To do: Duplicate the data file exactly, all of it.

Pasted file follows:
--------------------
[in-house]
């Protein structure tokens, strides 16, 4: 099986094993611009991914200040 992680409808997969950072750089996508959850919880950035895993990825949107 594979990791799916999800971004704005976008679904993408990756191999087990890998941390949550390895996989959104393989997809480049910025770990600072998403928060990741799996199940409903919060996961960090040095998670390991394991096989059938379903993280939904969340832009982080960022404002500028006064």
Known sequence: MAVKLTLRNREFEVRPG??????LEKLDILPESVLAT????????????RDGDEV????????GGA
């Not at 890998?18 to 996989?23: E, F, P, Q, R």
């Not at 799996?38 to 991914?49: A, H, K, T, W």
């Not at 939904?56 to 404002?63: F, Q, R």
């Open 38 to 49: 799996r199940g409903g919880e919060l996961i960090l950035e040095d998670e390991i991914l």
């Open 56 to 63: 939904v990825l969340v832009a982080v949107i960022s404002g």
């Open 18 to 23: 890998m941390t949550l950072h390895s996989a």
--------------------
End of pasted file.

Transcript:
[in-house]
């Protein structure tokens, strides 16, 4: 099986094993611009991914200040 992680409808997969950072750089996508959850919880950035895993990825949107 594979990791799916999800971004704005976008679904993408990756191999087990890998941390949550390895996989959104393989997809480049910025770990600072998403928060990741799996199940409903919060996961960090040095998670390991394991096989059938379903993280939904969340832009982080960022404002500028006064």
Known sequence: MAVKLTLRNREFEVRPG??????LEKLDILPESVLAT????????????RDGDEV????????GGA
């Not at 890998?18 to 996989?23: E, F, P, Q, R």
């Not at 799996?38 to 991914?49: A, H, K, T, W």
């Not at 939904?56 to 404002?63: F, Q, R």
């Open 38 to 49: 799996r199940g409903g919880e919060l996961i960090l950035e040095d998670e390991i991914l």
């Open 56 to 63: 939904v990825l969340v832009a982080v949107i960022s404002g």
């Open 18 to 23: 890998m941390t949550l950072h390895s996989a």